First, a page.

My friends and I thus decided to venture further west, away from the bustling markets and tourist sites…and south, towards the river! It was time for a Saturday afternoon pub jaunt.

Pimms, lemonade and lager…yes, please!

We arrived at what immediately became my new, favourite afternoon watering hole: the Old Ship, which is situated along the Thames, near Ravenscourt Park tube station.The delightful little pub seems to have more outdoor seating than any other pub in London, namely because its happy customers tend to sprawl out on the adjacent green:

Old Ship Pub-goers relaxing on green.

The Old Ship Pub in London

And along the riverside wall:

Old Ship Pub Wall

We enjoyed a relaxing afternoon of chatting and people watching over refreshing beverages. Their menu looks great; they even have an upstairs dining room, available for private parties, that opens out onto a balcony.

Thank you, Old Ship—we will be back!

Share and Enjoy

  • Facebook
  • Twitter
  • Delicious
  • LinkedIn
  • StumbleUpon
  • Add to favorites
  • Email
  • RSS

Oops! We just stumbled across the best Mexican food in London.

2

Earlier this week, I was feeling super homesick and so decided I would embark on a quest for the best American Café in London. I know, I know “they’re on every corner,” but I can only go to Starbucks twice a day, alright?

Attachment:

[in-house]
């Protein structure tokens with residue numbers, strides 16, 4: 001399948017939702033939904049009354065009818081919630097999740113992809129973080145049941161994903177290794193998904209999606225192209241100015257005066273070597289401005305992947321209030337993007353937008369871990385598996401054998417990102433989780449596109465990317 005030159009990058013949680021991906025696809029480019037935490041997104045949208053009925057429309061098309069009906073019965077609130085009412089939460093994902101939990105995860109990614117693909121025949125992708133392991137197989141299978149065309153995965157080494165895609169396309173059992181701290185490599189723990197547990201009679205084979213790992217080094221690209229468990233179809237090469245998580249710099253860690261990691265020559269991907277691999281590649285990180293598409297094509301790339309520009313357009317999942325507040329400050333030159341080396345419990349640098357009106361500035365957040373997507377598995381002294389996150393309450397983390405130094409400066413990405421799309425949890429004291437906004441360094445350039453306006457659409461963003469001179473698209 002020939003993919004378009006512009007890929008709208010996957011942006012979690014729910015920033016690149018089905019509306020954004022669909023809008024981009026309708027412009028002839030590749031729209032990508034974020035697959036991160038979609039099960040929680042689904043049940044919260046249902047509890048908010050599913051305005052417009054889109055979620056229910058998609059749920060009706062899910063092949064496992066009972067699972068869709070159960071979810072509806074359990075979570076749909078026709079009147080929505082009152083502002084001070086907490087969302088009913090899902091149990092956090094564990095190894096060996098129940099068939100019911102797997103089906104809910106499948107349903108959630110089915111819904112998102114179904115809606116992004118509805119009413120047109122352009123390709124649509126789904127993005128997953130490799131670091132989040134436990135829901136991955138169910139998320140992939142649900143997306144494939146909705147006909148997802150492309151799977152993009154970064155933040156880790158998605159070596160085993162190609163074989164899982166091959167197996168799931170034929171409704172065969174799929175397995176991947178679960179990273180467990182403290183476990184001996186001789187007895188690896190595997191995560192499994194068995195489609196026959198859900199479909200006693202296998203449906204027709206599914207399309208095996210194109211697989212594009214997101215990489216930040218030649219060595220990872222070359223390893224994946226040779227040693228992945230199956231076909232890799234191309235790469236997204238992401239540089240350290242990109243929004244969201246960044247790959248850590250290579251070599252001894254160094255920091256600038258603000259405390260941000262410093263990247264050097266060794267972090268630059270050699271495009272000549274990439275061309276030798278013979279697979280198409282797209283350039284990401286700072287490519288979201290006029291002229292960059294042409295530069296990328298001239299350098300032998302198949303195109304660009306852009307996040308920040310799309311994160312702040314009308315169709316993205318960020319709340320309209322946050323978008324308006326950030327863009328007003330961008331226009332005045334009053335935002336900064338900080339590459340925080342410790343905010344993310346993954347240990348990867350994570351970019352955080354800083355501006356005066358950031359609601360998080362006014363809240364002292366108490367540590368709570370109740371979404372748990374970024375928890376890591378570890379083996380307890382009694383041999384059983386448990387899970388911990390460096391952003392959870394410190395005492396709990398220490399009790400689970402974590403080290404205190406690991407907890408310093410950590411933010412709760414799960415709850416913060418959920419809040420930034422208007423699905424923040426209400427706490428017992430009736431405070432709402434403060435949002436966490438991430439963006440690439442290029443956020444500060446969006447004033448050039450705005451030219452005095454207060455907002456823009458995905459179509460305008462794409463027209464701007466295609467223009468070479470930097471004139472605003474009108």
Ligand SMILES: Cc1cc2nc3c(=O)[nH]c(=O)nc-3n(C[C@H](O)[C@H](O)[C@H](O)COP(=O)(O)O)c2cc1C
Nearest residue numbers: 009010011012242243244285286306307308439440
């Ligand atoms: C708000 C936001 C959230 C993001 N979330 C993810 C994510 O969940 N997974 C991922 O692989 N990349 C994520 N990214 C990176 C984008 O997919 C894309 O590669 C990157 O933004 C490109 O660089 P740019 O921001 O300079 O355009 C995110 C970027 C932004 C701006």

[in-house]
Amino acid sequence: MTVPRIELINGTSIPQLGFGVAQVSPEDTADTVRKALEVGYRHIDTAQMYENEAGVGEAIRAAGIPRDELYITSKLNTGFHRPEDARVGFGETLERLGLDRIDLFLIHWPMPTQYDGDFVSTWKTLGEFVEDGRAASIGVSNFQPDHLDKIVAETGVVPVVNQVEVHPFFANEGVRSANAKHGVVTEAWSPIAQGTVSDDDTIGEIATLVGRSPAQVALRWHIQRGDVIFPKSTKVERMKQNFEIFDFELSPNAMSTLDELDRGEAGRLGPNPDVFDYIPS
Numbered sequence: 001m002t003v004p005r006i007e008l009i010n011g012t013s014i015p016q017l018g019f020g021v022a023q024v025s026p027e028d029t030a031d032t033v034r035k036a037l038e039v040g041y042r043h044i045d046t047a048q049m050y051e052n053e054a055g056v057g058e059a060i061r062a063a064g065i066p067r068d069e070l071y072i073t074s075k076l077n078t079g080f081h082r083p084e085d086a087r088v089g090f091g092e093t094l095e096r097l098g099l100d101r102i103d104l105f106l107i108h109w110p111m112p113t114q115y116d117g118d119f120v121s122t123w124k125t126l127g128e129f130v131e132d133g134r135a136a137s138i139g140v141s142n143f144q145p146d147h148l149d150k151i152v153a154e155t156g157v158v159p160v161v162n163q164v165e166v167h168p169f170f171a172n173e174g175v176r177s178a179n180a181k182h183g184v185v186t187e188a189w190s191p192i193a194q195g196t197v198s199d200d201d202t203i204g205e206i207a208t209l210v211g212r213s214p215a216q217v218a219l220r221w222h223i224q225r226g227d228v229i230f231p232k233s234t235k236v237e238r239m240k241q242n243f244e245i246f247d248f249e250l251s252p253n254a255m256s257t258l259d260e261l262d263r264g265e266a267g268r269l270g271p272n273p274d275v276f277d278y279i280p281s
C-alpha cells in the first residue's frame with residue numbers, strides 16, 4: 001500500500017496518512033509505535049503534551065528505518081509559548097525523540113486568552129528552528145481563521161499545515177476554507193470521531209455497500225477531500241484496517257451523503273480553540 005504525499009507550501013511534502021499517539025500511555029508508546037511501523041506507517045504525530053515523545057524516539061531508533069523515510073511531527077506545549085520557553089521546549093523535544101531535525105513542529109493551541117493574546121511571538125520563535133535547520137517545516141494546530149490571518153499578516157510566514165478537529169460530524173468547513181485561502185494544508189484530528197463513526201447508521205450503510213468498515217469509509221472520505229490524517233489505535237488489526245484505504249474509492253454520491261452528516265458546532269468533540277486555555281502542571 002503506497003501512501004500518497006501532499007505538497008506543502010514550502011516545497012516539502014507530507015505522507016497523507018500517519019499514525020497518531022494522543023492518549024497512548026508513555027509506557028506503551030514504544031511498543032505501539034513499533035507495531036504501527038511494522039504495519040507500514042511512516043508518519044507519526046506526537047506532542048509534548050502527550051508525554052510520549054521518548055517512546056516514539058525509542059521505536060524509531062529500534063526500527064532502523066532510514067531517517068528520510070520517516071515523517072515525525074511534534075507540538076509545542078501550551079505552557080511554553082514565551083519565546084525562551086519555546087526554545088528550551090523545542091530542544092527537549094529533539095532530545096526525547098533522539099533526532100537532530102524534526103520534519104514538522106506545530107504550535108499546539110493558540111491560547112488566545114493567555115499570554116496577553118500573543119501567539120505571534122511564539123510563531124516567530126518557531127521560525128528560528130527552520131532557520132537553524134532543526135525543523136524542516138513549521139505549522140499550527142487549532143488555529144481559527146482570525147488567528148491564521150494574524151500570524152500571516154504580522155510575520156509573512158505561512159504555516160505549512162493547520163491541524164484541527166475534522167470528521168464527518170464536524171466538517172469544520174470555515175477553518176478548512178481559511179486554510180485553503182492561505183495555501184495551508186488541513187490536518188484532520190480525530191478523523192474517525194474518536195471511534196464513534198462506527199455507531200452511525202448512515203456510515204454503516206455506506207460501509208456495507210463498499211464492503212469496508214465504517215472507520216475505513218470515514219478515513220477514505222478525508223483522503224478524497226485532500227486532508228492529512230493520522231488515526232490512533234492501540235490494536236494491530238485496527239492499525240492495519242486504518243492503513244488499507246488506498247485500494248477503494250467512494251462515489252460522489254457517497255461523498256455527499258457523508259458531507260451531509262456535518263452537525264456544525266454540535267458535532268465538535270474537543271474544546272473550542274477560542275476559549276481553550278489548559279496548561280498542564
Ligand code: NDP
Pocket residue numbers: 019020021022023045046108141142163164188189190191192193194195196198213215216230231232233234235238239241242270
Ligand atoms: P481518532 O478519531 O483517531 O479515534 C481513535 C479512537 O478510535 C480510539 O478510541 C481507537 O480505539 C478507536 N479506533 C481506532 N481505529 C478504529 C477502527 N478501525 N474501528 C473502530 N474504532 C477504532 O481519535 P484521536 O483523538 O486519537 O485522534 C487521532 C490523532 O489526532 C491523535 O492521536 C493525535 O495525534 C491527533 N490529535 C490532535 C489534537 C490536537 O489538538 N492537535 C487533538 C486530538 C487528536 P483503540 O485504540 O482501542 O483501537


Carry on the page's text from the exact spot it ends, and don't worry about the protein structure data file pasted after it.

I am talking about authentic American cuisine: huge, diner-style breakfasts, layered club sandwiches, juicy burgers, and real salads, the kind that are loaded with jumbo shrimp (not tiny, frozen ‘prawns’), cheese and fresh veggies….mmm, yummy…

After some crafty Google searches, I was sure that I had found my place: the Chelsea Bun Café, between Fulham Broadway and Sloane Square in SW10. The description was perfect: independently owned, hip, happening, and, most importantly, serving all of my favorite dishes from home. They even had Breakfast for Dinner. Awesome.

I immediately phoned my friend Talina with the news: we had to go to find this little oasis of American glory after work. Certainly she could relate to my enthusiasm: after all, she is from Mexico and has spent much time in north of the border. She agreed. I was pumped.

I cheerfully printed a map and charted a route. Despite the rainy weather and the café’s slightly obscure location in relation to the underground system, we met at Sloane Square, and we were off.